We plant over half a million trees every year.
We call our tree farms working forests. One reason for this is that our crop works as it grows. Trees grow many, many years before they are ready to be harvested, while they are growing they are working to clean our air and water. The forest also changes shape as it grows providing a different type of habitat for a diverse array of plants and wildlife over time.
Growing trees is our main business, let’s take a closer look at the timeline of a Green Crow tree farm.
Site Preparation and Tree planting
Immediately following harvest the land is prepared to be replanted. Preparations are tailored to the site. General techniques include mechanical brush and debris removal, slash piling and burning, and when necessary chemical control of competitive vegetation and noxious weeds.
Tree planting typically occurs in the late winter and early spring time. We take care to plant the next crop with healthy seedlings from superior family lines selected for the specific growing conditions and based upon the historic species composition of each unit. To give our crop the best start possible, we plant about 435 seedlings per acre.
Survivorship Survey and Interplanting
We pay a lot of attention to our crop in the first few years by conduction survivorship surveys. The initial survey usually occurs in the fall after the crop’s first full growing season. Sometimes some of the trees don’t live through the summer because of drought or animal damage. Survivorship surveys help us decide whether to replant areas within a unit, interplanting, the following spring.
We protect our investment by making sure our crop has the competitive advantage. During the first three years after planting this might mean using chemical weed control to insure our trees are not shaded by invasive plants. Mechanical brushing may also occur before our crop reaches crown closure, about 4-10 years old, to reduce the competition for sunlight, nutrients, and water from unwanted woody plants.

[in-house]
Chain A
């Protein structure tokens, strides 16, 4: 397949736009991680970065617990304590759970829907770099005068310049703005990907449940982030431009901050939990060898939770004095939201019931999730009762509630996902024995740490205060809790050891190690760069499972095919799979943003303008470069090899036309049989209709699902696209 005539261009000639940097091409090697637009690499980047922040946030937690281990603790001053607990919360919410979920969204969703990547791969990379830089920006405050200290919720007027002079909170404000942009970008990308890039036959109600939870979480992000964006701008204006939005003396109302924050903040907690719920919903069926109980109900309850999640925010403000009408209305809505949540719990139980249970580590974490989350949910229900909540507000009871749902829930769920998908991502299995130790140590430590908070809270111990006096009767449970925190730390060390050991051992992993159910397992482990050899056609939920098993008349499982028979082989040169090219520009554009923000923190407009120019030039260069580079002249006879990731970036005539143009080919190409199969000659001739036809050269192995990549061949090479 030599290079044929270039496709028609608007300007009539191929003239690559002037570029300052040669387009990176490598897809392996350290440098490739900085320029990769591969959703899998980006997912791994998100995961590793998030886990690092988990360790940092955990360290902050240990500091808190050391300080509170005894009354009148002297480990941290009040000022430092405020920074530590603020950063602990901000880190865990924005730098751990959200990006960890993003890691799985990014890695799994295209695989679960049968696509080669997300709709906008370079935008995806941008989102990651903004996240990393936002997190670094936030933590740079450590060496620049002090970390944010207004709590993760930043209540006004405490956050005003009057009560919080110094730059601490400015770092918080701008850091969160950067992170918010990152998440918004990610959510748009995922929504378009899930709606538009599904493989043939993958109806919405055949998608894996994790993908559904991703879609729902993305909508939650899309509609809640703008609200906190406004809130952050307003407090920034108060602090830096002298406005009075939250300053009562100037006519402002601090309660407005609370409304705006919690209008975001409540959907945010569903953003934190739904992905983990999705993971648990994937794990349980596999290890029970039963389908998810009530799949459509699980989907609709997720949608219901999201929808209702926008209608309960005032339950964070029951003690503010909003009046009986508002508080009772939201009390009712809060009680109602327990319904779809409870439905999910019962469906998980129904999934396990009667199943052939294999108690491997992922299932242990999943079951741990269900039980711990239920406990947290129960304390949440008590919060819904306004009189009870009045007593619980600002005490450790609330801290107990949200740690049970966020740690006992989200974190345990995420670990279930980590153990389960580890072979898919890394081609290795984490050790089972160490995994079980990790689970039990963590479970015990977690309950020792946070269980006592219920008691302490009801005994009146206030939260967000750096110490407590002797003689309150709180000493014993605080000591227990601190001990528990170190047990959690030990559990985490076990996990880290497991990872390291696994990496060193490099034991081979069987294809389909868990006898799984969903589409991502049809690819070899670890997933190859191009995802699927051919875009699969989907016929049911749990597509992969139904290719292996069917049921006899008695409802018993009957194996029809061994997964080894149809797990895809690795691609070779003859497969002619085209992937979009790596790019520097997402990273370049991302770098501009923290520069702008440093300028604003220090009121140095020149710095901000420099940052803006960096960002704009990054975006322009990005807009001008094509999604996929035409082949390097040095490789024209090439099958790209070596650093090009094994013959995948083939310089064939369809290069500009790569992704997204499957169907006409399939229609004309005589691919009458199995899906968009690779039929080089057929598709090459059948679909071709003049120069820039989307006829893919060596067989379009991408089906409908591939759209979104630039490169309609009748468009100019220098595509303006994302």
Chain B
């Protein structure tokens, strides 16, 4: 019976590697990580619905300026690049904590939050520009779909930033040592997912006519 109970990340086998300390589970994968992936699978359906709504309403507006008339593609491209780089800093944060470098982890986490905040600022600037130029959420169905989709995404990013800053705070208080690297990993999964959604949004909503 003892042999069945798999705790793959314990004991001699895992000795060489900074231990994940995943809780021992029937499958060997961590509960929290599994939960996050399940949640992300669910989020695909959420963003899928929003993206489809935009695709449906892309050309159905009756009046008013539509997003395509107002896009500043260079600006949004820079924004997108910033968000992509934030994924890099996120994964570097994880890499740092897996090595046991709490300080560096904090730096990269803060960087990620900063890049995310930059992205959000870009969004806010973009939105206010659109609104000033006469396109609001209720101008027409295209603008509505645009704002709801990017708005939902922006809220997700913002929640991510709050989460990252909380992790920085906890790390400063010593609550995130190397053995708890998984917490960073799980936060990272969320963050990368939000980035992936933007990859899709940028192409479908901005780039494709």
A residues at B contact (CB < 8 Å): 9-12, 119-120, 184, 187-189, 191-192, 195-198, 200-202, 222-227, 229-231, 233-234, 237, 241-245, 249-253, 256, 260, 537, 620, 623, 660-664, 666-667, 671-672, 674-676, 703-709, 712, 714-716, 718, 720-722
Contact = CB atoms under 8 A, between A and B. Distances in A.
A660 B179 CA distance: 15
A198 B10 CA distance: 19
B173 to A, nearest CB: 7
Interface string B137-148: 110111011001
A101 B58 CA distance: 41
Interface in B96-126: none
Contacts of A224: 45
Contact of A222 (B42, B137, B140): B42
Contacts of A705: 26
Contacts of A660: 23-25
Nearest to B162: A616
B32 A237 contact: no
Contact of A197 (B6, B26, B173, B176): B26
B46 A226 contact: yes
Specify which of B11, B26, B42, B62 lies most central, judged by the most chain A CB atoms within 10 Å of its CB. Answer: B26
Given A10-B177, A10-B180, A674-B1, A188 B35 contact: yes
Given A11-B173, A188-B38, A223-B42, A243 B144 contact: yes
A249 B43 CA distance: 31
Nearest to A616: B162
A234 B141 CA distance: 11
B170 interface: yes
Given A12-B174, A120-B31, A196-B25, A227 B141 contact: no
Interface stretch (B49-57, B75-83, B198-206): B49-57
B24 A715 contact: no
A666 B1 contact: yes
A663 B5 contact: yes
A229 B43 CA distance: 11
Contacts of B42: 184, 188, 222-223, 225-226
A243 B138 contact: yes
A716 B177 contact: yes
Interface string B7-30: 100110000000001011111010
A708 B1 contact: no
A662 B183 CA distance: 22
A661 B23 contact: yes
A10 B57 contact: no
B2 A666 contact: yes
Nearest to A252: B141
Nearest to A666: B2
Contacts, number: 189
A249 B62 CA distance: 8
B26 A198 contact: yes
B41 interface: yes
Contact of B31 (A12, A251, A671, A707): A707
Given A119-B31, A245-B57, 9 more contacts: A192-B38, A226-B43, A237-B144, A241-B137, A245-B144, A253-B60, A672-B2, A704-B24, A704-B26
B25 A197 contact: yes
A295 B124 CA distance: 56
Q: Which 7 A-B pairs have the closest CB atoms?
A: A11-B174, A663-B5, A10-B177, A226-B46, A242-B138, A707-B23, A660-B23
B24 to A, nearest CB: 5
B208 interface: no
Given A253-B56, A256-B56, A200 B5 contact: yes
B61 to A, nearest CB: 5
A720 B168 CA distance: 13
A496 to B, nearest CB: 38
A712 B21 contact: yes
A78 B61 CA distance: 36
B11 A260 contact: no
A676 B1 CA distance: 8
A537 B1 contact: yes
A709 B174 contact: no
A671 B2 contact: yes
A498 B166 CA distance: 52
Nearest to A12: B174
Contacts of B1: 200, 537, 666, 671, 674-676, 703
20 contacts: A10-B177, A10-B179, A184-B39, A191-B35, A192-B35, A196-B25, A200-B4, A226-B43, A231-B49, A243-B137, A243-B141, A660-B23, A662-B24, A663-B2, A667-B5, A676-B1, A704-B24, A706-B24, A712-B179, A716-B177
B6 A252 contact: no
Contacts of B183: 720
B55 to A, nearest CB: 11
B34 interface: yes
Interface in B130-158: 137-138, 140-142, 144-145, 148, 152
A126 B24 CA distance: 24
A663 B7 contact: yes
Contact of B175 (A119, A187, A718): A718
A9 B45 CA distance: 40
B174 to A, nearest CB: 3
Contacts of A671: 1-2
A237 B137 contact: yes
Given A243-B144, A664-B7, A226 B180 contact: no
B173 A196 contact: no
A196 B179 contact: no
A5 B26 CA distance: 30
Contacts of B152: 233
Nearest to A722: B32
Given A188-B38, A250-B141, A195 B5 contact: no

Pre-commercial thinning is a technique we use to reduce the competition within a plantation between our crop trees. When the trees reach crown closure, 10 – 20 years, the plantations are assessed for need of pre-commercial thinning (PCT). Natural seeding can occur during the early years of crop development. At increased densities inter-tree competition can reduce the overall stand growth potential. Crops that need PCT are thinned to a residual density between 300-450 trees per acre.
Our forest management professionals must consider many factors to determine when to harvest, where and how much to harvest year to year as part of our sustainable management plan. Our harvest schedule is based on the combination of the age and spatial location of each stand. We protect fish and wildlife habitat with uncut riparian buffers and limiting the size of continuous harvest blocks.
The age at harvest, also called the rotation age, of a working forest varies with species composition and site productivity. The rotation age is also influenced by where the timber goes once it leaves the forest. There is no specific age for harvest but the typical rotation age of about 40 years produces logs suitable for domestic mills as well as export. Our foresters keep a close eye on the growth our tree farms with periodic re-sampling of the stands (cruising) to measure growth and log volume.
We replant every stand we harvest! Remember, growing trees is our main business.